Assuntos
Insuficiência Cardíaca/etiologia , Ruptura do Septo Ventricular/cirurgia , Adulto , Cateterismo Cardíaco , Progressão da Doença , Ecocardiografia/métodos , Insuficiência Cardíaca/fisiopatologia , Hemodinâmica , Humanos , Masculino , Ruptura do Septo Ventricular/complicações , Ruptura do Septo Ventricular/diagnóstico por imagem , Ruptura do Septo Ventricular/fisiopatologia , Ferimentos não Penetrantes/complicações
19.
Cardiology ; 134(4): 389-93, 2016.
Artigo em Inglês | MEDLINE | ID: mdl-27116600

RESUMO

BACKGROUND: Simultaneous rupture of the left and right ventricles is an extremely rare mechanical complication of acute myocardial infarction (MI). When associated with the formation of a false aneurysm, an extracardiac left-to-right shunt may occur. METHODS: We summarized all published data describing this unique condition. We searched the PubMed and Google Scholar databases for case reports in peer-reviewed journals from 1 January 1980 to 1 May 2015. We identified 16 articles describing 17 cases. RESULTS: In all but 1 case, biventricular wall rupture (BVWR) resulted from an inferior MI. The clinical presentations of BVWR were variable and included cardiogenic shock, congestive heart failure and an absence of any cardiac symptoms. In most cases, there was a hemodynamically significant left-to-right shunt, with pulmonary to systemic blood flow (Qp/Qs) >2. Diagnostic difficulties were reported in most cases, and some patients were initially misdiagnosed as having ventricular septal rupture (VSR). Surgical closure of the defect was successful in most cases, and some asymptomatic patients were managed conservatively. CONCLUSION: BVWR with an intact interventricular septum and extracardiac left-to-right shunt is a rare mechanical complication of acute MI, often misdiagnosed as VSR. It has a variable clinical course, probably related to the magnitude of the shunt.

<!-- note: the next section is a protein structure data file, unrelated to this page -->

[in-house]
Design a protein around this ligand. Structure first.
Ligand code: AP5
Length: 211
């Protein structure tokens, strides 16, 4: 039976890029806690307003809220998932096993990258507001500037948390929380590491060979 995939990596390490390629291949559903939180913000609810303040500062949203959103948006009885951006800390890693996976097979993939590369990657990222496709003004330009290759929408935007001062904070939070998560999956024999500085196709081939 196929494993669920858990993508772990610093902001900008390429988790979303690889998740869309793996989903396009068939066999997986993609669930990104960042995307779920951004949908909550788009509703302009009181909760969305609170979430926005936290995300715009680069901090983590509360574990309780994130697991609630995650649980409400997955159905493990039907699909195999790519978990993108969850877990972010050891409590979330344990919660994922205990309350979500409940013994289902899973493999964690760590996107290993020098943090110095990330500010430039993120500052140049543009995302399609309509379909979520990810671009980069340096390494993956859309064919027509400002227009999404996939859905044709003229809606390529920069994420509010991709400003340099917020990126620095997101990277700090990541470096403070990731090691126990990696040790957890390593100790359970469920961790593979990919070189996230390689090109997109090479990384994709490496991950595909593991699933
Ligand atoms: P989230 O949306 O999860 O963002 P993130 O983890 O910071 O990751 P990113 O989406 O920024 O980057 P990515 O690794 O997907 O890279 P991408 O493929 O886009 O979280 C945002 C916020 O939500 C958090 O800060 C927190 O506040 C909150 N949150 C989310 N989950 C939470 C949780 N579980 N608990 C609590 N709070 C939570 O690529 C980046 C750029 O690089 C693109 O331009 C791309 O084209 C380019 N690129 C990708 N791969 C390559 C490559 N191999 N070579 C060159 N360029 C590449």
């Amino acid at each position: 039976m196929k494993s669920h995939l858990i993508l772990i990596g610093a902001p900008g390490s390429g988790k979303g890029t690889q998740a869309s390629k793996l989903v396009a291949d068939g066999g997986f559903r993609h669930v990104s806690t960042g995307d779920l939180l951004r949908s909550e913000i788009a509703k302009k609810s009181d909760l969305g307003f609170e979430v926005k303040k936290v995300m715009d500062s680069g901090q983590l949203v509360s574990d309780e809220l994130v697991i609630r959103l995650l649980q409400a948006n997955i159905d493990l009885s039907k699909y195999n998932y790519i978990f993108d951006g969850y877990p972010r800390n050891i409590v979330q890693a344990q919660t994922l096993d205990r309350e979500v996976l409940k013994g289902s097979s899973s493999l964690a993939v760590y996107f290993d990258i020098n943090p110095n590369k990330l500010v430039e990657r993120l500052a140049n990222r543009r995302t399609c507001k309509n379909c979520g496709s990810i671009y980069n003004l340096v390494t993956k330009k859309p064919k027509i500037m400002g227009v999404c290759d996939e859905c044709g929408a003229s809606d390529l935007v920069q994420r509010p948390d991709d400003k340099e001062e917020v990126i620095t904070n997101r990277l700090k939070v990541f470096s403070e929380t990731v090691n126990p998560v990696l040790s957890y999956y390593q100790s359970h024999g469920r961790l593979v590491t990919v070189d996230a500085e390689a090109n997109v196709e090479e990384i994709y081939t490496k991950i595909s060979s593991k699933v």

Assuntos
Procedimentos Cirúrgicos Cardíacos/métodos , Ventrículos do Coração/diagnóstico por imagem , Infarto do Miocárdio/complicações , Ruptura do Septo Ventricular , Ecocardiografia/métodos , Hemodinâmica , Humanos , Ruptura do Septo Ventricular/diagnóstico , Ruptura do Septo Ventricular/etiologia , Ruptura do Septo Ventricular/fisiopatologia , Técnicas de Fechamento de Ferimentos
20.
Catheter Cardiovasc Interv ; 88(3): E99-E102, 2016 Sep.
Artigo em Inglês | MEDLINE | ID: mdl-24510603

RESUMO

Intra-aortic balloon pump (IABP) is used in cardiogenic shock of different etiologies. Routinely, it is inserted through the transfemoral access, but in the patients with severe peripheral artery obstruction disease (PAOD), use of alternative approach is needed. In this case report, IABP insertion through the right subclavian artery with the help of cardiothoracic surgeon in a patient of anterior wall myocardial infarction (AWMI) with severe PAOD has been described. A 60-years-old male patient, with the history of chronic smoking, presented with progressing chest pain for last 3 days. On the basis of clinical examination and radiological findings, he was diagnosed with AWMI along with the ventricular septal rupture and PAOD. The patient was advised to undergo coronary artery bypass graft with VSR repair, but to stabilize the patient, it was necessary to put him on IABP. Because of the severe PAOD, femoral access was not suitable to insert the IABP, and hence, the right subclavian route was accessed. Then, the patient was operated and no other complications were encountered. Subclavian arterial IABP insertion under local anesthesia is easier and safer to perform and allows increased patient mobility. Other routes, such as, ascending aorta and axillary artery have also been discussed in other literatures, but subclavian arterial IABP insertion was found to be the best in the patients with severe PAOD. Trans-subclavian route is an effective approach in extended IABP utilization even in patients with severe PAOD. © 2014 Wiley Periodicals, Inc.


Assuntos
Infarto Miocárdico de Parede Anterior/terapia , Balão Intra-Aórtico/métodos , Doença Arterial Periférica/complicações , Artéria Subclávia , Ruptura do Septo Ventricular/terapia , Infarto Miocárdico de Parede Anterior/complicações , Infarto Miocárdico de Parede Anterior/diagnóstico por imagem , Infarto Miocárdico de Parede Anterior/fisiopatologia , Angiografia Coronária , Ponte de Artéria Coronária , Hemodinâmica , Humanos , Balão Intra-Aórtico/instrumentação , Masculino , Pessoa de Meia-Idade , Doença Arterial Periférica/diagnóstico por imagem , Doença Arterial Periférica/fisiopatologia , Índice de Gravidade de Doença , Artéria Subclávia/diagnóstico por imagem , Resultado do Tratamento , Ruptura do Septo Ventricular/diagnóstico por imagem , Ruptura do Septo Ventricular/etiologia , Ruptura do Septo Ventricular/fisiopatologia